The people in the Brave New World society are divided into five castes. The highest most intelligent caste is the Alphas; they are the ones that make the rules and regulations for all other lower castes to follow. Betas, Gammas, Deltas, and Epsilons follow in order as well as intelligence, level of control, and social stature. Neo-Pavlovian conditioning ensures the order of the castes. For a society to be socially stable every person in the society must feel like they belong. The caste system in Brave New World ensures that every person in the society has a function that they feel is essential to the success of the society as a whole. Since jobs are designed for each caste by the social skills they exhibit and their intelligence level, it makes it possible for very member of the society to do a job specially designed for their level of ability. Gammas and Deltas carry out menial tasks such as operating an elevator, or being a gopher. Alphas are designated jobs such as the manager of a company or a doctor. The caste-system affects the individual by making them feel needed and therefore avoiding social conflicts having to do with an individual feeling like they are left out of society.
“Color.” It’s all around us, we see it every day of our lives, everything has color, but the people in Jonas’ community didn’t know this. They had no clue what color was or that it even existed. Their society was hue less, hopeless, and everything was the same until the new receiver of memory changed that for everyone. In our world choice is a big part of our everyday lives we make many choices a day, do I want this or that, green or blue, this shirt or that shirt? But in The Giver choices were made for them, what they wear, how they act, what they say, what they eat, and what they do for a living. Imagine all that stuff being chosen for you. Everyone would be dressed the same, act the same,
"I don't understand people who dream in black and white. I just don't get it. My dreams have always been vivid color.” This was a statement given in an interview by Director Gary Ross after the release of his film, Pleasantville. Pleasantville, a film that basically represents anti-nostalgia, takes the use of Technicolor and uses it as a metaphor for peoples desires, fears, and maturation.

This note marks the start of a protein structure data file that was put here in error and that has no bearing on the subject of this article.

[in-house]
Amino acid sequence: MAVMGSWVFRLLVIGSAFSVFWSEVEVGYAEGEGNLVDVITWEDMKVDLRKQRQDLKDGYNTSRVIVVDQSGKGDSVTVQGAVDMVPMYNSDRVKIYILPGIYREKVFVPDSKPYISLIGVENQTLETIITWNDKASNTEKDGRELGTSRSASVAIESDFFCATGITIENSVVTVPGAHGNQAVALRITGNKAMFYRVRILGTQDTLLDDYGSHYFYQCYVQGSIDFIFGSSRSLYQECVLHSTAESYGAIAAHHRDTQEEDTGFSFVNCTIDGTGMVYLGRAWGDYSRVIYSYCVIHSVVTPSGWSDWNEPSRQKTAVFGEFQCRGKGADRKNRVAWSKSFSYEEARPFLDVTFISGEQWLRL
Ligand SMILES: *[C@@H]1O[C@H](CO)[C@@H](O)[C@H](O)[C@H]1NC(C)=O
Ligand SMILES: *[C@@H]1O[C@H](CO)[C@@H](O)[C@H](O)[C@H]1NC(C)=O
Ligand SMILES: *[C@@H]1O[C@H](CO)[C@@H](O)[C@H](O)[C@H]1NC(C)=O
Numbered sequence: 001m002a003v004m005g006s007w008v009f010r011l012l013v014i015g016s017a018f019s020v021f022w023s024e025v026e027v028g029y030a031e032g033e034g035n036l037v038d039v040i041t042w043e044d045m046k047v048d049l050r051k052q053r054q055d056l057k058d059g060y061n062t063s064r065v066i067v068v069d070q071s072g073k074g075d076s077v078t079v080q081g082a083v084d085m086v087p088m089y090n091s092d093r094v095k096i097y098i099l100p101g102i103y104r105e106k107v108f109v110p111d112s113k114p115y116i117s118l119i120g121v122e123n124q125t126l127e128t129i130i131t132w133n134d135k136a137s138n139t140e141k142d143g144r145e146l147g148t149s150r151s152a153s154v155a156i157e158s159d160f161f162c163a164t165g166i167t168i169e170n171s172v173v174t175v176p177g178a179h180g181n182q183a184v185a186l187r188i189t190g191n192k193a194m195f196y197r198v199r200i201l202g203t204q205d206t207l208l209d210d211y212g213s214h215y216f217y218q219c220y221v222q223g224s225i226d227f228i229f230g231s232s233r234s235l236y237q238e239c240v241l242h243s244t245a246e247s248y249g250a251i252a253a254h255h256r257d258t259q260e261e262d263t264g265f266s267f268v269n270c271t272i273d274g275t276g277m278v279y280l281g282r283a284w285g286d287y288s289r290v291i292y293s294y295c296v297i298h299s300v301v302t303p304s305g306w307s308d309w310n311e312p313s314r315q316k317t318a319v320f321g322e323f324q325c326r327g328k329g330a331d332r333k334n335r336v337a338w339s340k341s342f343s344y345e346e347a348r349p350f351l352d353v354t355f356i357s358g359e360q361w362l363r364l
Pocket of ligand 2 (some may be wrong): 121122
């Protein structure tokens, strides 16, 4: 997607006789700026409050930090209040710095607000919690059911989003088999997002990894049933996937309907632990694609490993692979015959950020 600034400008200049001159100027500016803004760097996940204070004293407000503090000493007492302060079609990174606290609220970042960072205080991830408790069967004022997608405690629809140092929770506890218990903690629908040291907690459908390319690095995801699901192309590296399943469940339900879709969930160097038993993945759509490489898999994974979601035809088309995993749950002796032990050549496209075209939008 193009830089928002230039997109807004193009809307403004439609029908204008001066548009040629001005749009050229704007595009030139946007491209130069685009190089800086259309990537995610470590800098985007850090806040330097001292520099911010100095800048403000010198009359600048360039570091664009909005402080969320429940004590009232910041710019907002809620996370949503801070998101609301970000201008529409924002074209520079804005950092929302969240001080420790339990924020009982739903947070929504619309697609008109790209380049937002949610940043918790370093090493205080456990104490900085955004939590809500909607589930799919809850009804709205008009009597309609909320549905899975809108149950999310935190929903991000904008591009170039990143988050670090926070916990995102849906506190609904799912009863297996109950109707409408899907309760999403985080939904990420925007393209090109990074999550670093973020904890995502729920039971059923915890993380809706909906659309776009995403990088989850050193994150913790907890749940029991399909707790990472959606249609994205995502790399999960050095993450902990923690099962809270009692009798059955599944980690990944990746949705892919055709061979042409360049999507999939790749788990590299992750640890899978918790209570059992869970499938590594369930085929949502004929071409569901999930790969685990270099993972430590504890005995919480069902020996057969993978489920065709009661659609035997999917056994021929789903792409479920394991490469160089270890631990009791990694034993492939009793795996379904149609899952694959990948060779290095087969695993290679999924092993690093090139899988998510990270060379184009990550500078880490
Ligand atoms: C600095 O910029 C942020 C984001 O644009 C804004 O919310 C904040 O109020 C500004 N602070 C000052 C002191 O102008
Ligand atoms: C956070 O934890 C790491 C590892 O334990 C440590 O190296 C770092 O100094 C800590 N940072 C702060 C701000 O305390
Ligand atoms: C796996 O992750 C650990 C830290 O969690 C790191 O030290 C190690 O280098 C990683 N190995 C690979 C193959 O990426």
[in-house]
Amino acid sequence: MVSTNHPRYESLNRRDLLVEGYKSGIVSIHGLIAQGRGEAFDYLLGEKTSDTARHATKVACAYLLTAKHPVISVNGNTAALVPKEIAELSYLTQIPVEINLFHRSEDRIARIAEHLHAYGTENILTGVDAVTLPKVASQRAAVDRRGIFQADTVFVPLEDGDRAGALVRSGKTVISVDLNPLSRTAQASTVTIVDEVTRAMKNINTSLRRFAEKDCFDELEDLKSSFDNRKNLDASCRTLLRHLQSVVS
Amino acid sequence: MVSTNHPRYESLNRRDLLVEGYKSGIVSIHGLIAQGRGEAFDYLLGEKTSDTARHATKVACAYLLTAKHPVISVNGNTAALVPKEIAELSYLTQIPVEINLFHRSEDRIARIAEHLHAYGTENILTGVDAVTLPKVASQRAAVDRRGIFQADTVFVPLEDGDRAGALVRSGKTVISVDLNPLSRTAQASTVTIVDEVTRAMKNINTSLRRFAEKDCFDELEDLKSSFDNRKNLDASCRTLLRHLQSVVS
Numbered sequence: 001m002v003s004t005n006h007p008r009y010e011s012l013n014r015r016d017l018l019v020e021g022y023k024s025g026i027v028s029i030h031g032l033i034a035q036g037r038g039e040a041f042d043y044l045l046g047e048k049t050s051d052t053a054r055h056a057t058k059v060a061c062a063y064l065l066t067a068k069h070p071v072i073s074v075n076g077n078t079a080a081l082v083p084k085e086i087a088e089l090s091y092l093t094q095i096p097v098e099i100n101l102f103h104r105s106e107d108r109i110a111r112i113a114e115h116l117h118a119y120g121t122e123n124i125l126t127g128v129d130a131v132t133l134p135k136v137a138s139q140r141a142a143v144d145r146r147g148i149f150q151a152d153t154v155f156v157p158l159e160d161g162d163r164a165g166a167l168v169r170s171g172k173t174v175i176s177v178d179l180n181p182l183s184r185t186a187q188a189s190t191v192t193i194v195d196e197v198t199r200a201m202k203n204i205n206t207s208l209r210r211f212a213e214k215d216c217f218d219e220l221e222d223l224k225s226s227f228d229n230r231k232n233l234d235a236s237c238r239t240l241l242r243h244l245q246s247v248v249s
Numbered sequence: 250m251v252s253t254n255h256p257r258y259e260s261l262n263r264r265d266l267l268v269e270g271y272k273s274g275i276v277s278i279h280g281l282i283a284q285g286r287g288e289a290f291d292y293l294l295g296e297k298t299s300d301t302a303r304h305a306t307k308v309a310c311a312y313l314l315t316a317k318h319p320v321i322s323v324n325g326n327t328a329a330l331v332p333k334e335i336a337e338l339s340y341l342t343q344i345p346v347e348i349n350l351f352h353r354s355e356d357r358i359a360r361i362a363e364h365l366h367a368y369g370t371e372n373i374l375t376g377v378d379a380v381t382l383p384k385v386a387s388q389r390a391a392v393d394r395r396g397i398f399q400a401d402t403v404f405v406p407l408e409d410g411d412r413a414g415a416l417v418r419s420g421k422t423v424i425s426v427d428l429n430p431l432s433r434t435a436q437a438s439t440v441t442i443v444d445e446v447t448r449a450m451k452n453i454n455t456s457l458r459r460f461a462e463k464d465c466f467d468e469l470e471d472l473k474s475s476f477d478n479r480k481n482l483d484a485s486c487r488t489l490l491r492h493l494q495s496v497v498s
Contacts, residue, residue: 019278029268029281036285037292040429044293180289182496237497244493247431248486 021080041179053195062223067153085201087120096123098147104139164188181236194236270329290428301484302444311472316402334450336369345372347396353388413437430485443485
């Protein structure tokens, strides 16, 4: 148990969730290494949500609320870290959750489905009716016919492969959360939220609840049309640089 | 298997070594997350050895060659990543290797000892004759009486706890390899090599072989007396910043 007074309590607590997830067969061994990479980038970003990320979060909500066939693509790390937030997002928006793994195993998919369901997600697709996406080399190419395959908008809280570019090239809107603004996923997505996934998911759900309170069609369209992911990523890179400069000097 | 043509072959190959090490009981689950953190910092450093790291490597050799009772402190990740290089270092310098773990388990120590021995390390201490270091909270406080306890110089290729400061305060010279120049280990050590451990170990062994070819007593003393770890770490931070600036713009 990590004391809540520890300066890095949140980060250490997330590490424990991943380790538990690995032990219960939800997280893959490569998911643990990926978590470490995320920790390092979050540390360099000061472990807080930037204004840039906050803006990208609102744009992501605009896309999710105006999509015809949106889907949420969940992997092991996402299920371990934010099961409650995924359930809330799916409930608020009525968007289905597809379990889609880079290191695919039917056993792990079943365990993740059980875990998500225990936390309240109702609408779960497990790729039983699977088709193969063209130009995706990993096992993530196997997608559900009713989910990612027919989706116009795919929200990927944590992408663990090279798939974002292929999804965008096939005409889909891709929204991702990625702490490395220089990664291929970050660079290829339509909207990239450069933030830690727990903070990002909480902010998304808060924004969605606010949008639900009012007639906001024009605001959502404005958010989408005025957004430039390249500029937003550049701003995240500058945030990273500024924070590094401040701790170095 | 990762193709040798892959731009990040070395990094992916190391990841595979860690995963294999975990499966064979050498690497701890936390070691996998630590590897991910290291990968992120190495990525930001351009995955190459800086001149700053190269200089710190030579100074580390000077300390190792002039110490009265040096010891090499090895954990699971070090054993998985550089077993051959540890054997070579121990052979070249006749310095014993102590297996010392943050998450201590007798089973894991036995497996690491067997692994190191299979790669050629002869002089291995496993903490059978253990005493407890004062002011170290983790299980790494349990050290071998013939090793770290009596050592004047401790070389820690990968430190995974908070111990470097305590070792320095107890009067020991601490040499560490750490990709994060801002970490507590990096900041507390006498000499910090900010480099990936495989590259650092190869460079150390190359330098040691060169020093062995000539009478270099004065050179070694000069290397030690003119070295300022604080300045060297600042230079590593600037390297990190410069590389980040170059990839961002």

This means everyone must have an assigned job that benefits the society. Nobody can be a slacker and just float by. Every person in the community needs to pitch in and help run it. In the novel The Maze Runner each gladiator has their own job to do that helps the Glade function as a whole. When Thomas, who is the protagonist, is being given a tour of the Glade by the leader Alby, Alby states “The Glade is cut into four sections. Gardens, Blood House, Homestead, Deadheads”(Dashner 43). People working different jobs will help the new society function because if nobody helps run the community, there would be no order, just chaos. By having every citizen do their part for the good of the community, the community would be able to function
The community of man is far from perfect, purely because of man’s greed to understand, own, and command everything. There is a concept of utopia that can never be achieved because of these reasons. When I think of man, I think of corruption, and disobedience because we are far from what God had created us to be. According to Ephesians 4:29-32 we must not let no corrupting talk come out of our mouths, but only such as is good for building up, as fits the occasion, that it may give grace to those who hear. And do not grieve the Holy Spirit of God, by whom you were sealed for the day of redemption. Let all bitterness and wrath and anger and clamor and slander be put away from us, along with all malice. Be kind to one another, tenderhearted, forgiving one another, as God in Christ forgave you.